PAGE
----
The MTA New York Subway system has seen itself visually defined by its appropriately chosen usage and adoption of Helvetica as its font. Together with colorful bubbles, the visual pairing has become an icon in its own sense creating a familiarity for both locals and visitors alike. American design historian Paul Shaw penned a book that discusses the relationship of Helvetica and the New York subway system in a book titled Helvetica and the New York City Subway System. A recently posted article in the New York Times discusses Helvetica’s prominence in America during the 1960s, and its reasoning for adoption and desire to create a unified visual language for all travelers. Excerpts of the article can be seen below with a full look at the article seen here. A 2011 reprint of Paul Shaw’s book can be ordered via the book’s official website.

If ever a typeface was destined to symbolize a city, it is Helvetica and New York. Like other great New Yorkers, Helvetica came from somewhere else: the small Swiss town of Münchenstein, where it was developed in the mid-1950s by an obscure designer, Max Miedinger, for the Haas Type Foundry. True to émigré tradition, it dumped its original name — Neue Haas Grotesk when it arrived in the United States, in favor of one easier for Americans to pronounce.

The makeover worked. Helvetica flourished in America, becoming the typeface of choice for 1960s designers who wanted their work to look modern. Among them were Bob Noorda and Massimo Vignelli, who chose Helvetica as the typeface for New York’s subway signs when they redesigned them in the late 1960s. You can still see it on the latter-day version of their scheme: the thousands of signs on New York’s subway trains, stations and platforms.

It looks so comfortable there, not just because it is familiar, but because its character mirrors the city’s. Helvetica is simple in shape with no decorative details; like New Yorkers it is tough, blunt and pragmatic.

Hey presto! Except that the story isn’t quite so straightforward, as Mr. Shaw explains. Helvetica did not become ubiquitous in the New York subway system until the 1990s. Before that, efforts to introduce it were stymied by a soap-operatic cacophony of budget cuts, transit strikes, shoddy production and feeble management.

Helvetica wasn’t the only casualty. As Mr. Shaw explains in his foreword, the history of the subway system had been an unrelenting “struggle between centripetal and centrifugal forces,” starting in 1904 with its first line, the Interborough Rapid Transit’s route from City Hall to the Bronx. Another company was brought in to build the second line, and a third for the next one. By the time the three lines were merged in 1940, the system was hopelessly fragmented.

This chaos was reflected in subway signs, which included the IRT’s original mosaic station names and a motley assortment of enameled, glazed and hand-painted signs in different colors, formats and typefaces. The title of a 1957 proposal to redesign the system said it all: “Out of the Labyrinth: A plea and a plan for improved passenger information in the New York subways.”

The key to the success of any information design program is clarity, especially so for a subway system. Passengers, including out-of-towners, rely on its signs to guide them around a vast, often tangled network of underground tunnels, in which they have no other means of identifying where they are. They often need to read them quickly, distracted by crowds of passengers and noisy trains.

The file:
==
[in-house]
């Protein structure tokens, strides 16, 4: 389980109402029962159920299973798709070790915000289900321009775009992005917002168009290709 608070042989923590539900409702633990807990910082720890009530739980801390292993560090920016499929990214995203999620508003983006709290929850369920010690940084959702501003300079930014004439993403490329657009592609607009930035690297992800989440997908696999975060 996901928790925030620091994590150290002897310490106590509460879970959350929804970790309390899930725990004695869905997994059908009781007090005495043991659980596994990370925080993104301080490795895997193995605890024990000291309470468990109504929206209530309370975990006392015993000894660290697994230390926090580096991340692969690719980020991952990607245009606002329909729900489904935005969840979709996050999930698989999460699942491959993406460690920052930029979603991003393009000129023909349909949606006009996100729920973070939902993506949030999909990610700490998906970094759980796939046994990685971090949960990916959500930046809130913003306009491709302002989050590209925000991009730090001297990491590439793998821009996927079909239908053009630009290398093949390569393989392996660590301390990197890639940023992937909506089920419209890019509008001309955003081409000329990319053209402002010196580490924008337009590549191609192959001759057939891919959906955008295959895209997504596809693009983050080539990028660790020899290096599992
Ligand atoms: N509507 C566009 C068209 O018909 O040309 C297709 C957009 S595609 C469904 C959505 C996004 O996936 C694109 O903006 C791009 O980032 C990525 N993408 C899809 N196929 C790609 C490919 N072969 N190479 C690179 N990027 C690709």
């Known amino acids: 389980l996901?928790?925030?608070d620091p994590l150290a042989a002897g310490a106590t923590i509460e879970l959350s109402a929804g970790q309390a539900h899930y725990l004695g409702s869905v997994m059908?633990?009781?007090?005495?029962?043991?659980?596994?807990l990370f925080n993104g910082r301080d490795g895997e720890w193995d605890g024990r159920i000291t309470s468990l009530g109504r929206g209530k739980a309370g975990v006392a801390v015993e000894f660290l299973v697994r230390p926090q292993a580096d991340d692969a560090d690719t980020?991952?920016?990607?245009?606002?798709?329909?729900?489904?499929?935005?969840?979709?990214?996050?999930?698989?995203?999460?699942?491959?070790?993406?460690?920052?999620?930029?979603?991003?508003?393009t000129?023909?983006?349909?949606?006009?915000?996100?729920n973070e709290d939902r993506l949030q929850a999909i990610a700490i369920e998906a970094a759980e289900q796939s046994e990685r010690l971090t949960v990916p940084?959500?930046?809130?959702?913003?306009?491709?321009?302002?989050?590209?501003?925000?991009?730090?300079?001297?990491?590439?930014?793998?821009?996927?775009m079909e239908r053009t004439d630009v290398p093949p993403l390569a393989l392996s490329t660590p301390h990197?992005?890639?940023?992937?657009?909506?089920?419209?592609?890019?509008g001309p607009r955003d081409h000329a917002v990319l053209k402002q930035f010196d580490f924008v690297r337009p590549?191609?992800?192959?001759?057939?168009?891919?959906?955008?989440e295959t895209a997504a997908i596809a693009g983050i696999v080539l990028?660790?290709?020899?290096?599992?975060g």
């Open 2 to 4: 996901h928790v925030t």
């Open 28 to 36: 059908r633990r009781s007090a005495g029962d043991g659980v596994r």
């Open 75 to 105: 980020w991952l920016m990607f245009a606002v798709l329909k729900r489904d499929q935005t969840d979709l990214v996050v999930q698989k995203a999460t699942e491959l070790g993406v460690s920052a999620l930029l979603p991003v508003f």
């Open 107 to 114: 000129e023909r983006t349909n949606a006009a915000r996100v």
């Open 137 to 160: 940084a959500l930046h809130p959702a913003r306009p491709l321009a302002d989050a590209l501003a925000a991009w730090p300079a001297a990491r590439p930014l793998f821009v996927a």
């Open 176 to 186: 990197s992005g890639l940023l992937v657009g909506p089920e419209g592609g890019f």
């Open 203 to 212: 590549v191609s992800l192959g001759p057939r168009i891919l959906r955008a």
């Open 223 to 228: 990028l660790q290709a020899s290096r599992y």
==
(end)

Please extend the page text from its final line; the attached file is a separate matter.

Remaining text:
Via: Hypebeast


Looks like we have another fine example of a photo shoot where none of the actors showed up. We are faced with important questions like: Are any of those heads actually attached to their bodies? Who is the giant man about to give Paul Walker the Heimlich maneuver? Is Chris Brown falling asleep? Why does Michael Ealy look grainer than everyone else? And where the hell is Matt Dillon? What’s really scary is that this version was a slight improvement over the original version that apparently tried to attach Paul Walker’s head to the body by giving him a turtleneck sweater, lol.


In anticipation of the French release of the Science-Fiction thriller Tron, Les Ateliers Ruby has mocked up an exclusive motorcycle helmet which takes its visceral cues from the film. Ruby is no stranger to pop-art helmets and this one comes complete with Tron stylings on the exterior and a navy blue palette on the interior with a matching navy strap to boot. Look out for this helmet to drop during the month of January in concert with the film’s French release. No word on pricing, but it will be available at colette.



Takashi Murakami Macys Parade

November 28, 2010


November 28, 2010

Buffing walls in stillettos is kinda hot!

Jay-Z the hip hop business mogul now adds the role of ‘author’ to his ever growing list of titles. Along with David Droga, Eric Hadley, GM Bing, they reveal of one of the most iconic images from the Decoded viral campaign, a page from JAY-Z’s book Decoded. In line with the campaign roll-out the page was unveiled in the most surprising of locations. DECODED will be released November 16 from Spiegel & Grau, an imprint of the Random House Publishing Group. The cover art for Decoded is an image of Andy Warhol’s “Rorschach”. This illustrated book will “decode” 36 songs from Jay-Z’s catalog giving a deep intimate look into some of the Brooklyn rapper’s most notorious lyrics and melodies. The book will be released in both a hardcover, eBook, and an iPhone/iPad application that will include various video and customizable content.